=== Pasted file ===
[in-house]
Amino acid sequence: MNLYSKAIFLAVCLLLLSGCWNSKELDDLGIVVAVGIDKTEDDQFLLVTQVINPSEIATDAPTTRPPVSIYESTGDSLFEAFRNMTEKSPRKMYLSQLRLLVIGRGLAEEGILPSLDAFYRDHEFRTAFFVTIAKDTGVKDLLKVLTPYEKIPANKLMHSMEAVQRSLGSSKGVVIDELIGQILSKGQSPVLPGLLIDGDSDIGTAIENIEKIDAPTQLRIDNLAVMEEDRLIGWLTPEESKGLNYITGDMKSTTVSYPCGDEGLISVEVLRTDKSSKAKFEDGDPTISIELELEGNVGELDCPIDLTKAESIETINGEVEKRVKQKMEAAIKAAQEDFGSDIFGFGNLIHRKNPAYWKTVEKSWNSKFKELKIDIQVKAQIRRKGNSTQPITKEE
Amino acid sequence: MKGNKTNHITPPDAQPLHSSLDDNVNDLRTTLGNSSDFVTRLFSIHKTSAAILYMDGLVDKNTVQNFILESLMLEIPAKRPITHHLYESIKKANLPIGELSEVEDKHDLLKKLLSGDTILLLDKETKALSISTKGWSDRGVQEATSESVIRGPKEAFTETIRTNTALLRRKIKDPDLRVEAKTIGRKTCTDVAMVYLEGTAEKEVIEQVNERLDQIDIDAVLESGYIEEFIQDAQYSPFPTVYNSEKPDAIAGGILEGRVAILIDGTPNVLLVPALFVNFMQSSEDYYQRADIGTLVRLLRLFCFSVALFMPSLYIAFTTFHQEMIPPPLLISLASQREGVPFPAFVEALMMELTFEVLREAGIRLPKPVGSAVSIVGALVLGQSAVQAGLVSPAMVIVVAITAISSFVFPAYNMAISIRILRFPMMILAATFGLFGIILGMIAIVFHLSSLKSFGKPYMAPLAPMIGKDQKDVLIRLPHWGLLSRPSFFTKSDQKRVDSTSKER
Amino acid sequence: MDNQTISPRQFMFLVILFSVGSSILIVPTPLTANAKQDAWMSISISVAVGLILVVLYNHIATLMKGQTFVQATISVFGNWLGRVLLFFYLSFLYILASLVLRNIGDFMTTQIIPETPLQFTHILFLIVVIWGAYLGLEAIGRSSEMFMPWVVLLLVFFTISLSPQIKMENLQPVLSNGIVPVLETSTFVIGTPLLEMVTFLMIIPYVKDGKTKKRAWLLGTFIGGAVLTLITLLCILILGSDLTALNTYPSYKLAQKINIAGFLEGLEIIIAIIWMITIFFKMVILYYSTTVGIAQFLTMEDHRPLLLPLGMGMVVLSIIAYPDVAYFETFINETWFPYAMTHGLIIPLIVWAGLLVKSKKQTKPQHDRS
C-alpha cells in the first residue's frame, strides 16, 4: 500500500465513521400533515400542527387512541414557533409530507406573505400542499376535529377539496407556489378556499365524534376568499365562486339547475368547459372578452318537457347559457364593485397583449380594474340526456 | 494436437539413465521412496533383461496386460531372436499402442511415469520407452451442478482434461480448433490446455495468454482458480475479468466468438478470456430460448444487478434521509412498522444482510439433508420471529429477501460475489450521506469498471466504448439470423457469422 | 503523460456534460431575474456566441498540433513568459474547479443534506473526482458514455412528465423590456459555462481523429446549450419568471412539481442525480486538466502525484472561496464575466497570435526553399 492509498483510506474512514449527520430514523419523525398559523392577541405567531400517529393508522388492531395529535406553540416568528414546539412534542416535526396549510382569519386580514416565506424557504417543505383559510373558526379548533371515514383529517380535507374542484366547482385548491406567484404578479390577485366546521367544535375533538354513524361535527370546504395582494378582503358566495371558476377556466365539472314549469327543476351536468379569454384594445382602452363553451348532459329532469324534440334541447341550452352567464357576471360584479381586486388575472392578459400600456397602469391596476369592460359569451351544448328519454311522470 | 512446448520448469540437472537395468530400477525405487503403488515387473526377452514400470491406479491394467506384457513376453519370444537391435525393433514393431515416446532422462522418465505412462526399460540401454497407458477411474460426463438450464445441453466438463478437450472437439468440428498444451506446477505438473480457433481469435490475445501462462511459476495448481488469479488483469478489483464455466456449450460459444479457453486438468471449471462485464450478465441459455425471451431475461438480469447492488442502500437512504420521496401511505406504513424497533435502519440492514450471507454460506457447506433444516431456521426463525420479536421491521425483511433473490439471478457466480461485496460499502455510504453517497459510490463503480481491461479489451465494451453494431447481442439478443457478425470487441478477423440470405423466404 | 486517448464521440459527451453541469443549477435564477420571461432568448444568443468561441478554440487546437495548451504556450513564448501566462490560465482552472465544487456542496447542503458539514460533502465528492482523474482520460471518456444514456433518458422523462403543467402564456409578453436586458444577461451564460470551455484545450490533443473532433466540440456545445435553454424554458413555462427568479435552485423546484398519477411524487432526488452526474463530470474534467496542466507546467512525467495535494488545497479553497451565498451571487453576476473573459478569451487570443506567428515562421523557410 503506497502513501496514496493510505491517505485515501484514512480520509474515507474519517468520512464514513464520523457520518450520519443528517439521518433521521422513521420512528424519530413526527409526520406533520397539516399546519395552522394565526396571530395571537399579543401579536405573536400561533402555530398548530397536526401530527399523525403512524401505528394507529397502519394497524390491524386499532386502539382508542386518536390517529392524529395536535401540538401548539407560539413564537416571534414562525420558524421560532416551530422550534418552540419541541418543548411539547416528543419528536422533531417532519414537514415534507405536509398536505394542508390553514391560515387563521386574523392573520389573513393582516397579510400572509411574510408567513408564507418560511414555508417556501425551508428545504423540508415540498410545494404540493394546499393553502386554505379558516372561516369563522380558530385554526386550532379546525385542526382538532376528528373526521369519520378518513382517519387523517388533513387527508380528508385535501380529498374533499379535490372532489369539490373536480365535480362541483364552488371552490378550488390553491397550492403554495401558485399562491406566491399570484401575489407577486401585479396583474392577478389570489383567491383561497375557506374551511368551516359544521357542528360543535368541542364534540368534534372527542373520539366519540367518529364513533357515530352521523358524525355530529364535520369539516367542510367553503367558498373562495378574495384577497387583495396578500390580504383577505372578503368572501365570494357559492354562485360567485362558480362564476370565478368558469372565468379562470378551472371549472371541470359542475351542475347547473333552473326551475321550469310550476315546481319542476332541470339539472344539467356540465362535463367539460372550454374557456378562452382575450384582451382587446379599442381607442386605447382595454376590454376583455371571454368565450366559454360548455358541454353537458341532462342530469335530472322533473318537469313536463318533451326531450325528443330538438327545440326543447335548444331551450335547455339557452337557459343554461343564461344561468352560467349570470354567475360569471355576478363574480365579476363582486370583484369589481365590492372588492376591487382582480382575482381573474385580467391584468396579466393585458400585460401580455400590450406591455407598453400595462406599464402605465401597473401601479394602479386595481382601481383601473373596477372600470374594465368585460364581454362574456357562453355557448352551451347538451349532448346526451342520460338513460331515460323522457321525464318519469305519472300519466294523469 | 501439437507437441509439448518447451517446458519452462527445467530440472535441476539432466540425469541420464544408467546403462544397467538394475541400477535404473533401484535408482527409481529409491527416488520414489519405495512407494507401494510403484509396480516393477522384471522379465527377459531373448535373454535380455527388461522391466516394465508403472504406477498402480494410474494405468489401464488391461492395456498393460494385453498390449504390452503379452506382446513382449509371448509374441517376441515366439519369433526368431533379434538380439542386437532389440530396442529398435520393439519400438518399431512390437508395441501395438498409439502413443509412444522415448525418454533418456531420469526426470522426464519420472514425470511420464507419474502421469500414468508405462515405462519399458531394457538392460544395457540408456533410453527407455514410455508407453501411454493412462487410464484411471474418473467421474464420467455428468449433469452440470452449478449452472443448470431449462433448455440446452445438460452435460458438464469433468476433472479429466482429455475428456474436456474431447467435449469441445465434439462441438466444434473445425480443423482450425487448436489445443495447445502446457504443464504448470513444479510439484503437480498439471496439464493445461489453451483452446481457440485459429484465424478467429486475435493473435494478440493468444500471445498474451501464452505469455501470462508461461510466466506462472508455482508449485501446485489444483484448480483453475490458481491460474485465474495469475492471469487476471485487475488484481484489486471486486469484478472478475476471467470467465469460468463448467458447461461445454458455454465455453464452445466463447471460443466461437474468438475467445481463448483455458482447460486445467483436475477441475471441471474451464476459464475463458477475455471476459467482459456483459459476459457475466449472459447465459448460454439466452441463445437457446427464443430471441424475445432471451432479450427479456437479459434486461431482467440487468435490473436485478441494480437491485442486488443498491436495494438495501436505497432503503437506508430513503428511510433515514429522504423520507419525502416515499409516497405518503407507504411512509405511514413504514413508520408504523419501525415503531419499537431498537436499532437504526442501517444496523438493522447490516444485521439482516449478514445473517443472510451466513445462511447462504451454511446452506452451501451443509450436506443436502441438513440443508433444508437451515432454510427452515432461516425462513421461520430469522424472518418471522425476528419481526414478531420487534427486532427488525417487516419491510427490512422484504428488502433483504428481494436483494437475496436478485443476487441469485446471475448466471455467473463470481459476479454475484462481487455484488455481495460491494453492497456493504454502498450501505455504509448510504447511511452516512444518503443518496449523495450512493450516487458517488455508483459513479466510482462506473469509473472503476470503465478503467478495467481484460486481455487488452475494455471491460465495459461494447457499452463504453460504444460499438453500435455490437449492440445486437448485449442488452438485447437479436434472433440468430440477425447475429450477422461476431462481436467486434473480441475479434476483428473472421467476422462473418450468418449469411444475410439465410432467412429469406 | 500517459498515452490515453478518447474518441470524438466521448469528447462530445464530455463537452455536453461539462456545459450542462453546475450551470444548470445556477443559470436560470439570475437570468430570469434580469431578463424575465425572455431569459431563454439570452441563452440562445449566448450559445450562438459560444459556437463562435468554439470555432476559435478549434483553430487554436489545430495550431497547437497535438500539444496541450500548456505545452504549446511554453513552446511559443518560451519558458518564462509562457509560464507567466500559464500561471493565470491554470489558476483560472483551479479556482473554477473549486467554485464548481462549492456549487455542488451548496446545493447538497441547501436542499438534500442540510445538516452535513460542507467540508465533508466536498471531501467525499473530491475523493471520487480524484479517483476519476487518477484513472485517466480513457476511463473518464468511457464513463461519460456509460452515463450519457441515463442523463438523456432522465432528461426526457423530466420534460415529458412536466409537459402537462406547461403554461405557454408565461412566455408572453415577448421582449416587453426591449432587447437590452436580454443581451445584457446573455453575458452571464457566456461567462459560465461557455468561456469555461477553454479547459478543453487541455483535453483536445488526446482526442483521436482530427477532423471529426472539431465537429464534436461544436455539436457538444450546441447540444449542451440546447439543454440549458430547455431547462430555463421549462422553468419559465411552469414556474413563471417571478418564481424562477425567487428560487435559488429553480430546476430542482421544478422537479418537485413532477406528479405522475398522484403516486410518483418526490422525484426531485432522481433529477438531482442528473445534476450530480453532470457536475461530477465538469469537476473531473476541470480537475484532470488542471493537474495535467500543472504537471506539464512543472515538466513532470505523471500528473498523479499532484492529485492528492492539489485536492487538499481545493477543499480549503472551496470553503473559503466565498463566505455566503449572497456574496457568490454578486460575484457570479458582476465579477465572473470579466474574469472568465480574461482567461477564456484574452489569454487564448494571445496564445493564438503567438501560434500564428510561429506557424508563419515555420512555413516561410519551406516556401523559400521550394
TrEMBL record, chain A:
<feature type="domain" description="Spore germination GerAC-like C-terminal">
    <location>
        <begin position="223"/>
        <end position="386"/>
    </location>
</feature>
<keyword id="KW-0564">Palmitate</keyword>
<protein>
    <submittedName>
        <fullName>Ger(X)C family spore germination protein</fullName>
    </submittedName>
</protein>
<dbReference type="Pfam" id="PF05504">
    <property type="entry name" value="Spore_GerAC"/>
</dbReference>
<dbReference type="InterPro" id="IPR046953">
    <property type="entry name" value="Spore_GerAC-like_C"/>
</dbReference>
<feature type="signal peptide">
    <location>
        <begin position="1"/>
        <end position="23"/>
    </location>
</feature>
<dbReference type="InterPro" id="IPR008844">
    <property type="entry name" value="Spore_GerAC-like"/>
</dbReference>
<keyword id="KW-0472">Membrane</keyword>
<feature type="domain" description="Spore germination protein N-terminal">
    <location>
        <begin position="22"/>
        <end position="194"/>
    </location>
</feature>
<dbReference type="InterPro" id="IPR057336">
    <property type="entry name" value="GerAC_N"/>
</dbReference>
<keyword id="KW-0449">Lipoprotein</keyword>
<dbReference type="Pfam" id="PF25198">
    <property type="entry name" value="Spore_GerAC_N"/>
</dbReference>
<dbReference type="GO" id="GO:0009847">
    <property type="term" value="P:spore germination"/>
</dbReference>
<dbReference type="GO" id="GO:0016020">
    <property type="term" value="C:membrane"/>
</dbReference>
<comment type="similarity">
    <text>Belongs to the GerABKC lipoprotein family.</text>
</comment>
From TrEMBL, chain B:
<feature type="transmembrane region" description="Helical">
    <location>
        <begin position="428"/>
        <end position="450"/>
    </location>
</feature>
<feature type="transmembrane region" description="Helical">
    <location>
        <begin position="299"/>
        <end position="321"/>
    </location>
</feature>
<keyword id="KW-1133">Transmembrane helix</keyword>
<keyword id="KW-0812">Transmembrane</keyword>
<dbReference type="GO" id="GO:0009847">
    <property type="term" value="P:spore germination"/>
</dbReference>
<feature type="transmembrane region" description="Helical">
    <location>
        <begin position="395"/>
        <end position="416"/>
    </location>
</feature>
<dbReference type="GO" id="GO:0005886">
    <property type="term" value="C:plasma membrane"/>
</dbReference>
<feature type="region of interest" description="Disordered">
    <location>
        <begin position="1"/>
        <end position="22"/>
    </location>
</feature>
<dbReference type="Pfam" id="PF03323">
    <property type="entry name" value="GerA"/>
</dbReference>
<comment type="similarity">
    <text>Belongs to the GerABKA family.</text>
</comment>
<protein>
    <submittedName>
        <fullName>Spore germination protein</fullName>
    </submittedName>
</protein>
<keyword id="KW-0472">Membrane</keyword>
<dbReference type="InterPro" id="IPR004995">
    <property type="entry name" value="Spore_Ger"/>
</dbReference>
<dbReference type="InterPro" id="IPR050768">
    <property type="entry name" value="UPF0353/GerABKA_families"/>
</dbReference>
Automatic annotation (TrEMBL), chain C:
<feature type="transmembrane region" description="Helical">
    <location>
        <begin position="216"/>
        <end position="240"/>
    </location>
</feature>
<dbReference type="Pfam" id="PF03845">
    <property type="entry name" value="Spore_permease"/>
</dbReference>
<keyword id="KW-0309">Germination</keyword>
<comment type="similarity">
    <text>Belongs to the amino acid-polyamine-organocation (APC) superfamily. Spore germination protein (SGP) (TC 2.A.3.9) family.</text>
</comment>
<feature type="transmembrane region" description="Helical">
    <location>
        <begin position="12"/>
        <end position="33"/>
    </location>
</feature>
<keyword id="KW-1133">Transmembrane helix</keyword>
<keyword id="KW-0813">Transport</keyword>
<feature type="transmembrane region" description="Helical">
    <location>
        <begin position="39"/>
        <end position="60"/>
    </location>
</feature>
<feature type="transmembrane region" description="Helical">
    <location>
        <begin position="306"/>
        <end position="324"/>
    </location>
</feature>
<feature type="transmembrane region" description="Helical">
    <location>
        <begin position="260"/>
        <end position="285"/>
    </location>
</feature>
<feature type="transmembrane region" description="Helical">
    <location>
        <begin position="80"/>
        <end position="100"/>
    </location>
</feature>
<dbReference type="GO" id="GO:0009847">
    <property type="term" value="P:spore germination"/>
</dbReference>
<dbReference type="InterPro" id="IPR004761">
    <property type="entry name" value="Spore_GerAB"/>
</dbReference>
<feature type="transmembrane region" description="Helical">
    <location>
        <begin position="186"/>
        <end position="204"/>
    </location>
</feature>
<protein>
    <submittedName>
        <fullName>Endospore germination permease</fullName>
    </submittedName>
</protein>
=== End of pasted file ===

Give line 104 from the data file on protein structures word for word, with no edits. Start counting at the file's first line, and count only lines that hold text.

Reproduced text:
</dbReference>